US: Germany's Angela Merkel exposes the military lunacy of Bush Jnr & his poodles Blair & Howard Print E-mail
 Sunday May 7, 2006

Merkel, the sensible ally

Merkel's visit to Washington in January was a success. The world is hoping this one is too

GERMAN Chancellor Angela Merkel's visit to the White House last week underlined the need to develop a rational, unified strategy for coping with Iran's nuclear program. Under Merkel's leadership, the German stance on the crisis over Iran's defiance of the International Atomic Energy Agency has become that of a reliable ally who is secure enough to propose sensible alternatives to President Bush's one-track Iran policy.

Germany's foreign minister, Frank-Walter Steinmeier, recently called for direct talks between the United States and Iran as the best way to avoid having to choose between two intolerable options: an escalating confrontation that could lead to military attacks on Iranian nuclear sites or acquiescence in Iran's pursuit of a nuclear weapons capability. It is probably a safe assumption that Merkel, in her talk with Bush, offered similar advice.

Bush has rejected all such proposals in the past, preferring to seek a binding Security Council resolution that could lead to sanctions -- and eventually even military actions -- against Iran. But it is not too late for Bush to heed Merkel's sound advice. In a few short months, she has not only made Germany a key player in the complex efforts to resolve the Iran nuclear challenge, but also a crucial intermediary between Washington and Europe, between Europe and Russia, and even between the United States and Russia.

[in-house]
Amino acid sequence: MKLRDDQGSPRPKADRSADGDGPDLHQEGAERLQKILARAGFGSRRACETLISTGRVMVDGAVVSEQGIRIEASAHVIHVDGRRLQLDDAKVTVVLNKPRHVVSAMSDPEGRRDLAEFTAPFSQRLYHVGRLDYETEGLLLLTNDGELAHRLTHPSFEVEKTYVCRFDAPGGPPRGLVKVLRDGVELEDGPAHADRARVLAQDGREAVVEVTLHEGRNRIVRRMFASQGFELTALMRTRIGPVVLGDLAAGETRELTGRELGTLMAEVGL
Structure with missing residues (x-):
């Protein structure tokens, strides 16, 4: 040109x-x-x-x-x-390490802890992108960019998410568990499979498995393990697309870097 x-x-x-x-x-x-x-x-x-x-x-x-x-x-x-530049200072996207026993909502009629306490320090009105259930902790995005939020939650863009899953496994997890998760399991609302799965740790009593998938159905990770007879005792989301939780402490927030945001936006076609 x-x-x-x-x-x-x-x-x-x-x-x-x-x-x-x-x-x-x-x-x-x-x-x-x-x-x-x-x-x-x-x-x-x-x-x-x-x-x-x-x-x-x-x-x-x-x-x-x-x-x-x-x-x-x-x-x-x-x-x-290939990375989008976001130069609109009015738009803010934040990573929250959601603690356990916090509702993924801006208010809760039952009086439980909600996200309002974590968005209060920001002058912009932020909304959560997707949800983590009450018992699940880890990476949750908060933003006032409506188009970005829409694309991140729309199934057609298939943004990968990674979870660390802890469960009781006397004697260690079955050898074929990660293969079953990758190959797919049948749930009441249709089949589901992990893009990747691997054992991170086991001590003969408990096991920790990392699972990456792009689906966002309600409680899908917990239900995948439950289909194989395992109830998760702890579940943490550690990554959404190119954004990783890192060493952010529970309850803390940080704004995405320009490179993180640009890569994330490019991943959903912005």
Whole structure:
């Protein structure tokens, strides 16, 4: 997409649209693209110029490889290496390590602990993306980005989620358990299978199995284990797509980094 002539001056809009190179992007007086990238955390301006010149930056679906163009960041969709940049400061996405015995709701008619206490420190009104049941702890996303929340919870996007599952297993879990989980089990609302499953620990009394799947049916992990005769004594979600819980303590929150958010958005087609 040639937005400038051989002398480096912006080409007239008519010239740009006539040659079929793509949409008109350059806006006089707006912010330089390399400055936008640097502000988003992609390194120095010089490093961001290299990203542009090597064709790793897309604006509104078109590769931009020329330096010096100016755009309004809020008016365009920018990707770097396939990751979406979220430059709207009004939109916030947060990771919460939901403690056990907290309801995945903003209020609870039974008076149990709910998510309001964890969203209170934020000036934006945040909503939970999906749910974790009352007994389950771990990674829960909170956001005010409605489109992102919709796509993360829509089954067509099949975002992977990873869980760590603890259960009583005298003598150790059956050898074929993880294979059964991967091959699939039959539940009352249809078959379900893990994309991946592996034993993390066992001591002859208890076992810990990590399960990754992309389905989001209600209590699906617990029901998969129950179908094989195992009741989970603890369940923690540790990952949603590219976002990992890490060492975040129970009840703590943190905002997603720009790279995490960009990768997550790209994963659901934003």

Merkel has been able to balance a clear-eyed appreciation of the Iranian threat with a recognition that the interests of all concerned parties are best served by a diplomatic resolution. After meeting Russian President Vladimir Putin in late April, Merkel sent a firm yet carefully balanced message. She managed to indicate that the door was still open to a negotiated arrangement with Tehran while still insisting that Iran must honor commitments it made to the European triumvirate of France, Britain, and Germany to suspend the enrichment of uranium.

Because of Germany's significant trade relations with both Iran and Russia, Merkel is well suited to mediate in the complex maneuverings over Iran's nuclear program. Unlike her predecessor, Gerhard Schroeder, she has developed a relationship of trust with Bush. While sharing Putin's reluctance to impose harsh Security Council sanctions on Iran, she can press him to cooperate with his Western trading partners in resisting Iran's drive to become a nuclear power. And as the most popular leader in Europe, she has the credentials to tell Bush he should explore direct negotiations with the clerical regime in Iran.

Merkel is the right kind of ally at the right time. If Bush, whose approval ratings are in the low 30s, were wise enough to take her advice, some of her 80 percent approval rating might rub off on him.
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